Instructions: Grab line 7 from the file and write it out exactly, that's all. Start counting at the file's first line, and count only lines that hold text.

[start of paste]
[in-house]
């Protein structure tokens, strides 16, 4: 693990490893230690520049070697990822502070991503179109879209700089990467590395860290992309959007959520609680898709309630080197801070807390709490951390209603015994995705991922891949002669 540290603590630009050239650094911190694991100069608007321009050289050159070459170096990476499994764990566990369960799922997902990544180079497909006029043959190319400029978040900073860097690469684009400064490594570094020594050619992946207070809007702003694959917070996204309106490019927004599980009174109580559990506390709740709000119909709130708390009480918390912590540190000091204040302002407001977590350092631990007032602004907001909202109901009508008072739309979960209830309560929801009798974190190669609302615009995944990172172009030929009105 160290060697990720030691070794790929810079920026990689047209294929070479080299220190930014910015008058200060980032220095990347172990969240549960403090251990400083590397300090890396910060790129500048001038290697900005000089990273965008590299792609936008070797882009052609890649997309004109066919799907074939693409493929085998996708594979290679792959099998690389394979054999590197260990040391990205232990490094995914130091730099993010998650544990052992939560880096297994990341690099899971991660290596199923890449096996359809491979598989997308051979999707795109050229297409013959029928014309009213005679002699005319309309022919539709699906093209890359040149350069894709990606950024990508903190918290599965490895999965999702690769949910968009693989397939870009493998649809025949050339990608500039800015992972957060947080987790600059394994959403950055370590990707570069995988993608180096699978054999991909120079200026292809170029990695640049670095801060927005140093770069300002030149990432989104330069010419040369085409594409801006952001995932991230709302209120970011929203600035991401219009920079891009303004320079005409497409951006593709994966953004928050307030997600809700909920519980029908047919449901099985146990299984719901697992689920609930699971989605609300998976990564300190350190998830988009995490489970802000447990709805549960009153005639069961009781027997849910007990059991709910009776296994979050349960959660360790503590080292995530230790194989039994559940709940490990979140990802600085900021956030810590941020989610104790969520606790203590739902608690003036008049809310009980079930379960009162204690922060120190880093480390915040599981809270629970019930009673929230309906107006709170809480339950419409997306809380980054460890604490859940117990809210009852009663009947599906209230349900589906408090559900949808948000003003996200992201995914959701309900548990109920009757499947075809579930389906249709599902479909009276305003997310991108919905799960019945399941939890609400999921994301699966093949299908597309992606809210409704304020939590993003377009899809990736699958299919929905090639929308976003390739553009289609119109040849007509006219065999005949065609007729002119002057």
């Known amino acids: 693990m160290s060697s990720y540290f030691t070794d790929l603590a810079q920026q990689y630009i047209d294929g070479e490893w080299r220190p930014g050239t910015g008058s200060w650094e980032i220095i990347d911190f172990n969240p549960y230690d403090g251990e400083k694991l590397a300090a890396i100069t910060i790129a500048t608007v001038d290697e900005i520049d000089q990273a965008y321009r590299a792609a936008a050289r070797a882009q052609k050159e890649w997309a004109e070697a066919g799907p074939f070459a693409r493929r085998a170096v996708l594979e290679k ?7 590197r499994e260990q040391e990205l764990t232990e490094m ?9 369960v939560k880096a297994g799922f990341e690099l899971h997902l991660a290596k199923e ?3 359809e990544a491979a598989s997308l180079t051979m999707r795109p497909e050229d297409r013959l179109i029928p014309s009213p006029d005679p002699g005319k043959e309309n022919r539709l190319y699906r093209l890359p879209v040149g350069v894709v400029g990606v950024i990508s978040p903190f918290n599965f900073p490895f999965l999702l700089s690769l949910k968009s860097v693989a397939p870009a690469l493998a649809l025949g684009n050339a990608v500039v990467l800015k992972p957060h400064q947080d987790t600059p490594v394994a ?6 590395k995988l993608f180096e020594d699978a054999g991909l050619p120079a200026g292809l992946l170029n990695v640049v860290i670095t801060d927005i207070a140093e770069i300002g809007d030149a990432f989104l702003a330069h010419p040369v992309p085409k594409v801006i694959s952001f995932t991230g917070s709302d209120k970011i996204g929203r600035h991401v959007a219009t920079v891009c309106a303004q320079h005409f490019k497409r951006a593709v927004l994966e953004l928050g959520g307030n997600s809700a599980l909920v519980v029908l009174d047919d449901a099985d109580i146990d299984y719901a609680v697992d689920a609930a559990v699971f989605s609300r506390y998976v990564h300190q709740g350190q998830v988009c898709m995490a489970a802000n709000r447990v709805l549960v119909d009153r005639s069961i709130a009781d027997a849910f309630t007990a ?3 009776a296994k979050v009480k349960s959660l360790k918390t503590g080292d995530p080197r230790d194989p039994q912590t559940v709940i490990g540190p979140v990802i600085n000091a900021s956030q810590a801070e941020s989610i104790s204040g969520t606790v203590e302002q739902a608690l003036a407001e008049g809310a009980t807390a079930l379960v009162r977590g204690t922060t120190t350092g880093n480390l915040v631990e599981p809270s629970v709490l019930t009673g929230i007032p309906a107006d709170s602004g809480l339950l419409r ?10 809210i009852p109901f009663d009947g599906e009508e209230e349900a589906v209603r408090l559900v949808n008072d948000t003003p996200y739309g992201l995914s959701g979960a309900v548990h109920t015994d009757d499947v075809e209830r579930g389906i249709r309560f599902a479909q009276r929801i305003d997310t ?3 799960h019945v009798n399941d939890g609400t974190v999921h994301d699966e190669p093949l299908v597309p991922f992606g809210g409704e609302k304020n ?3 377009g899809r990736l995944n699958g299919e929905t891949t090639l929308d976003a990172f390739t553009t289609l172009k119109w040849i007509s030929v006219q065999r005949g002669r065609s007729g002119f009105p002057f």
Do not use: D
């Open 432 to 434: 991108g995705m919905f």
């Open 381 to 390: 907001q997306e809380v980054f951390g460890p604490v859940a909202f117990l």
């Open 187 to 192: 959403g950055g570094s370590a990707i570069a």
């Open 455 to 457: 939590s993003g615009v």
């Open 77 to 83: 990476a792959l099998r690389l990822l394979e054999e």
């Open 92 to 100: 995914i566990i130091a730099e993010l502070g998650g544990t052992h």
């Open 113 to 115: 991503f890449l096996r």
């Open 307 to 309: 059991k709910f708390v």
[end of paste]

């Open 187 to 192: 959403g950055g570094s370590a990707i570069a």